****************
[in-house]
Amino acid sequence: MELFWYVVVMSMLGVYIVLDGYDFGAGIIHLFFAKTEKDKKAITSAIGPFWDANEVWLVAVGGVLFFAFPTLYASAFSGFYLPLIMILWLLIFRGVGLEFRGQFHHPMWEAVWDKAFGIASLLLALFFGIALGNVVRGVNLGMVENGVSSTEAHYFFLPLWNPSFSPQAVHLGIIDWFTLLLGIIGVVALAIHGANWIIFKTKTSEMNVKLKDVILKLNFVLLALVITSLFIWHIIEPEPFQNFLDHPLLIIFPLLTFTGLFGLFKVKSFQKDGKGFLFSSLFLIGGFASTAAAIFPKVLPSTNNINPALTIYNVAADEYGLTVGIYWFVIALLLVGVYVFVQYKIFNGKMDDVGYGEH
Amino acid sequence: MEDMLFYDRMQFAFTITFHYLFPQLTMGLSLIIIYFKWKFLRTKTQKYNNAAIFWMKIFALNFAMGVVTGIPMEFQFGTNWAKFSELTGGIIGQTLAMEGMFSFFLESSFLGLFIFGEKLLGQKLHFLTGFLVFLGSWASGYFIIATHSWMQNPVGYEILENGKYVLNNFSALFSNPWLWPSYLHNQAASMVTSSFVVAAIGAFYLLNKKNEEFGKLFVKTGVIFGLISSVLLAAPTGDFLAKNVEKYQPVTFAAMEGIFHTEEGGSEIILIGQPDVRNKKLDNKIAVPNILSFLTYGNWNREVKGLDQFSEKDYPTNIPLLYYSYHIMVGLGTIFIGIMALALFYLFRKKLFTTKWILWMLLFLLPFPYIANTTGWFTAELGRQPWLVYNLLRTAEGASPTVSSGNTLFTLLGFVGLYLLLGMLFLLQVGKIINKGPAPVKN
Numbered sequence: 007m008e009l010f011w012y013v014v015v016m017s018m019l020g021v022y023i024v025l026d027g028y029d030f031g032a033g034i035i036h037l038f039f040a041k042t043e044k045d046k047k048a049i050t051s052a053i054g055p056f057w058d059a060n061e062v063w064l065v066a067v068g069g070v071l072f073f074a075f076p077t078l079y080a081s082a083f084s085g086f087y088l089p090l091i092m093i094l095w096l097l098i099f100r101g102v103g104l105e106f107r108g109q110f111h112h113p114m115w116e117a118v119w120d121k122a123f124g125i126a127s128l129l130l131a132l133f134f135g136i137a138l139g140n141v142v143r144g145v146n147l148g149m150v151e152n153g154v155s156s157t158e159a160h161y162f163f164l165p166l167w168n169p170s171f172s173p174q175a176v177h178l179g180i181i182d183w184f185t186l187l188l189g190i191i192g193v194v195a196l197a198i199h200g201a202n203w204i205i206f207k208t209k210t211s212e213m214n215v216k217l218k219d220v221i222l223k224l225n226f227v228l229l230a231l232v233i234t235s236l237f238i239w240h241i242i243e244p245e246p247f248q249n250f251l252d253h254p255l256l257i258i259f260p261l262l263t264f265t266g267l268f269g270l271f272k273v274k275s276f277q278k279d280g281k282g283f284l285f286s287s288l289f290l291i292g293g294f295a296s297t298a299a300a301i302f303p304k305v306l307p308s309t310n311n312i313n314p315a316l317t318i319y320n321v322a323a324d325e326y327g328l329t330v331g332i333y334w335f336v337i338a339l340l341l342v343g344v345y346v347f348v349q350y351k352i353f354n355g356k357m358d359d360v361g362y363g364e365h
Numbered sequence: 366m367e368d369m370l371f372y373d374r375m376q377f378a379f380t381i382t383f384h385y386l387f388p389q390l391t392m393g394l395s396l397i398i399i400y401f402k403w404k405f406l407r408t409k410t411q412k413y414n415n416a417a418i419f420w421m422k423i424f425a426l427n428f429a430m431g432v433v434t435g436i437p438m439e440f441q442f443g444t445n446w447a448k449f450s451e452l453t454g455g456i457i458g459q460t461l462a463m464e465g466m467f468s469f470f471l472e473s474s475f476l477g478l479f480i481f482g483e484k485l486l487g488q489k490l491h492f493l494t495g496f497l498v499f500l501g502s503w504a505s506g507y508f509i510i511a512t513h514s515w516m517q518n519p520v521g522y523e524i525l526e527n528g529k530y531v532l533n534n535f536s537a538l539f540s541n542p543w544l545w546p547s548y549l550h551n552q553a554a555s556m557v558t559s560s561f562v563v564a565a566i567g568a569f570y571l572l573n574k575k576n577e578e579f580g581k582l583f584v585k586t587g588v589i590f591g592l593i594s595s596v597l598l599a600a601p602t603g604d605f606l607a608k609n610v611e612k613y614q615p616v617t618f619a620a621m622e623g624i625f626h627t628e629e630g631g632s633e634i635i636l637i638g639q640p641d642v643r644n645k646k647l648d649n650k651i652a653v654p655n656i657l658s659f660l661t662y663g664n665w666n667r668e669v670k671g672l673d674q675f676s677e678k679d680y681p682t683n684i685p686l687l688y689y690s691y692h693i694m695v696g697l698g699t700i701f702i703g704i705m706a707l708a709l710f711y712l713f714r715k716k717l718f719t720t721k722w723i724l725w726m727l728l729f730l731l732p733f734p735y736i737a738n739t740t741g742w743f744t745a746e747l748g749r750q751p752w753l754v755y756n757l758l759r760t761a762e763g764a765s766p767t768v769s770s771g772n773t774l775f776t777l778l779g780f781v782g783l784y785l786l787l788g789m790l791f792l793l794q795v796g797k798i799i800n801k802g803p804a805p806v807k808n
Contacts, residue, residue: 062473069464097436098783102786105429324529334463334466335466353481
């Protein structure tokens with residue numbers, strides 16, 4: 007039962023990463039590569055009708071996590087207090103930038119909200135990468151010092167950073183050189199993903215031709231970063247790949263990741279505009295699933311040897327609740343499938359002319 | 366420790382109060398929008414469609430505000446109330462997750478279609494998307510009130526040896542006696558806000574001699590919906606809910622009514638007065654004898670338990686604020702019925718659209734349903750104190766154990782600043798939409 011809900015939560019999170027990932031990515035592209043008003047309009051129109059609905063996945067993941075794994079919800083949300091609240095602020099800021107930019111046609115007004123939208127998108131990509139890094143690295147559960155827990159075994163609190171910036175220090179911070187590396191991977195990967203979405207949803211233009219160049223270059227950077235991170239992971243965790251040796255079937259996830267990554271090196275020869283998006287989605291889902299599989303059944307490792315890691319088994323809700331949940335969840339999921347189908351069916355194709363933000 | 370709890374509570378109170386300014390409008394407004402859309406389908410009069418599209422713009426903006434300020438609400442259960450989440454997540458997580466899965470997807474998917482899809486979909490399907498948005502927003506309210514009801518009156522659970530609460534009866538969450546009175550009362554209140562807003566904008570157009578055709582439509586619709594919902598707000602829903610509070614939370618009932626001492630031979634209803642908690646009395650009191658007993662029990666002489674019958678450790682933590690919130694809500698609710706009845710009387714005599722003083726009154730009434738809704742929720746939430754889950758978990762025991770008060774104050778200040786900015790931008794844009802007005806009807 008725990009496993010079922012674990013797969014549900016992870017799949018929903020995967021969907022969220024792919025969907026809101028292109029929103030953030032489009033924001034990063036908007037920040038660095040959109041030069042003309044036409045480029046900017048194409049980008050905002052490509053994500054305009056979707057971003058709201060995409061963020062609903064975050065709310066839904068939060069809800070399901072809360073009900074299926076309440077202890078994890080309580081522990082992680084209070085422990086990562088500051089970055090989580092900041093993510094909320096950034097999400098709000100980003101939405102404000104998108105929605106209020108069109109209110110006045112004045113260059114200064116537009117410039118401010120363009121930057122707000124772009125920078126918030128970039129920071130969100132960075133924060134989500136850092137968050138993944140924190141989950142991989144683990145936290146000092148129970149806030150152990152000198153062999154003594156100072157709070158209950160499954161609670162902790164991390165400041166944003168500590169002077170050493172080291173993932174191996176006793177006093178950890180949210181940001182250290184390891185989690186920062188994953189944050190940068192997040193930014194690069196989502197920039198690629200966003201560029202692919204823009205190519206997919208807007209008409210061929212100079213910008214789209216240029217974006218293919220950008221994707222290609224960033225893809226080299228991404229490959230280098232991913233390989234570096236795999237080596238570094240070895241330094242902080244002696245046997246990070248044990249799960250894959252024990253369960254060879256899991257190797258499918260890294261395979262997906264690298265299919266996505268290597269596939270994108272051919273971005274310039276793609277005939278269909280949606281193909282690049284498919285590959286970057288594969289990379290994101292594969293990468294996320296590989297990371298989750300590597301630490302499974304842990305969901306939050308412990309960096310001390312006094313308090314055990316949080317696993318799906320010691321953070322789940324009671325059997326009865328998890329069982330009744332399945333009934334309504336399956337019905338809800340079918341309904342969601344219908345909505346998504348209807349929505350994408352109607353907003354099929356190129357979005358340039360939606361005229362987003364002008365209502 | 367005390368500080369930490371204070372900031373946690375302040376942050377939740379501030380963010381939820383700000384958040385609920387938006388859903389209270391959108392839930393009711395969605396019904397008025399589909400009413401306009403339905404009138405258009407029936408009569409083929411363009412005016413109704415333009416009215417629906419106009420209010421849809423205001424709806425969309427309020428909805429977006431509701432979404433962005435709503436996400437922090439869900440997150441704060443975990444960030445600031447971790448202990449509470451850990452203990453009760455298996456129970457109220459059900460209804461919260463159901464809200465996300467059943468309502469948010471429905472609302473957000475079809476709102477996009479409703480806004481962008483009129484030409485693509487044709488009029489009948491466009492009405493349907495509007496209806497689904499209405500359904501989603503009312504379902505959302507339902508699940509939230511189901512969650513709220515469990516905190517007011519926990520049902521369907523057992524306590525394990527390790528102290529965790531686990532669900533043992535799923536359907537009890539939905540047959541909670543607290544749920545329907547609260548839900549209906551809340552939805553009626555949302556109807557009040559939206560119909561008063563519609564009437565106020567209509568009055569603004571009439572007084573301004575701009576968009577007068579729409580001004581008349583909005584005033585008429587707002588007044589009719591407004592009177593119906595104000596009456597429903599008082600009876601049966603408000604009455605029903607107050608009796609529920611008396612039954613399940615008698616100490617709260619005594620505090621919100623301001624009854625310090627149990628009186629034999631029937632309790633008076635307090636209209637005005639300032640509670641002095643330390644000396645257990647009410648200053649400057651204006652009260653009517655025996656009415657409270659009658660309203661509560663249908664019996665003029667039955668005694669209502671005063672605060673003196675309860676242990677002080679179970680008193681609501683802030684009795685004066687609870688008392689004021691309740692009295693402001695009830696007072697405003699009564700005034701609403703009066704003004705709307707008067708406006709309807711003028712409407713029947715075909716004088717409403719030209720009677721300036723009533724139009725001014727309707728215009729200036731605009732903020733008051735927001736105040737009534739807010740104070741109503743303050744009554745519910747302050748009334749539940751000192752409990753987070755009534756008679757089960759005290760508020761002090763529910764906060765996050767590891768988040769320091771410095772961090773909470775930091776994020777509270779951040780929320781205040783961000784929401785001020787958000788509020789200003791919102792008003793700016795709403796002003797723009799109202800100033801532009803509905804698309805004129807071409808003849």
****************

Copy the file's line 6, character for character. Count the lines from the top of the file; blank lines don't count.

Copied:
Contacts, residue, residue: 062473069464097436098783102786105429324529334463334466335466353481